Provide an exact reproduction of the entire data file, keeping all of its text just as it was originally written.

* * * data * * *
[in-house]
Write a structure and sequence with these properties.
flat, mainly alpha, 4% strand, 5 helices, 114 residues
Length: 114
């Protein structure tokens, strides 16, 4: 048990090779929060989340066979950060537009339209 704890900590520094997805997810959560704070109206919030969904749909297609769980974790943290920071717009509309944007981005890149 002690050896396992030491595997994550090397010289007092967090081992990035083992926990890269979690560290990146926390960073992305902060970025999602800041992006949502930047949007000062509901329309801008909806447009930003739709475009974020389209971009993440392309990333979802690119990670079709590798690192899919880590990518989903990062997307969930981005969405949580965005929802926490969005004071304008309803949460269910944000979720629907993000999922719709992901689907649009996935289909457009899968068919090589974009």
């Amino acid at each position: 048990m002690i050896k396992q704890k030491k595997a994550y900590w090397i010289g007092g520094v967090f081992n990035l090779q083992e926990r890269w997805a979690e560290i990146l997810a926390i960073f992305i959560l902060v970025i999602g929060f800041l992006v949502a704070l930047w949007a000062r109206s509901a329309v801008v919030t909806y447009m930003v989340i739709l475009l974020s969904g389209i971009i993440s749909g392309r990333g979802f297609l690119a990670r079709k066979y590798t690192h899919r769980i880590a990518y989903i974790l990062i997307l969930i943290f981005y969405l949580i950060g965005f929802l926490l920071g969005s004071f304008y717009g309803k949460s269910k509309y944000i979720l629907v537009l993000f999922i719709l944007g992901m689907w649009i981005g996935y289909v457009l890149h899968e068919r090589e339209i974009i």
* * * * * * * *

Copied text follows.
[in-house]
Write a structure and sequence with these properties.
flat, mainly alpha, 4% strand, 5 helices, 114 residues
Length: 114
């Protein structure tokens, strides 16, 4: 048990090779929060989340066979950060537009339209 704890900590520094997805997810959560704070109206919030969904749909297609769980974790943290920071717009509309944007981005890149 002690050896396992030491595997994550090397010289007092967090081992990035083992926990890269979690560290990146926390960073992305902060970025999602800041992006949502930047949007000062509901329309801008909806447009930003739709475009974020389209971009993440392309990333979802690119990670079709590798690192899919880590990518989903990062997307969930981005969405949580965005929802926490969005004071304008309803949460269910944000979720629907993000999922719709992901689907649009996935289909457009899968068919090589974009």
């Amino acid at each position: 048990m002690i050896k396992q704890k030491k595997a994550y900590w090397i010289g007092g520094v967090f081992n990035l090779q083992e926990r890269w997805a979690e560290i990146l997810a926390i960073f992305i959560l902060v970025i999602g929060f800041l992006v949502a704070l930047w949007a000062r109206s509901a329309v801008v919030t909806y447009m930003v989340i739709l475009l974020s969904g389209i971009i993440s749909g392309r990333g979802f297609l690119a990670r079709k066979y590798t690192h899919r769980i880590a990518y989903i974790l990062i997307l969930i943290f981005y969405l949580i950060g965005f929802l926490l920071g969005s004071f304008y717009g309803k949460s269910k509309y944000i979720l629907v537009l993000f999922i719709l944007g992901m689907w649009i981005g996935y289909v457009l890149h899968e068919r090589e339209i974009i």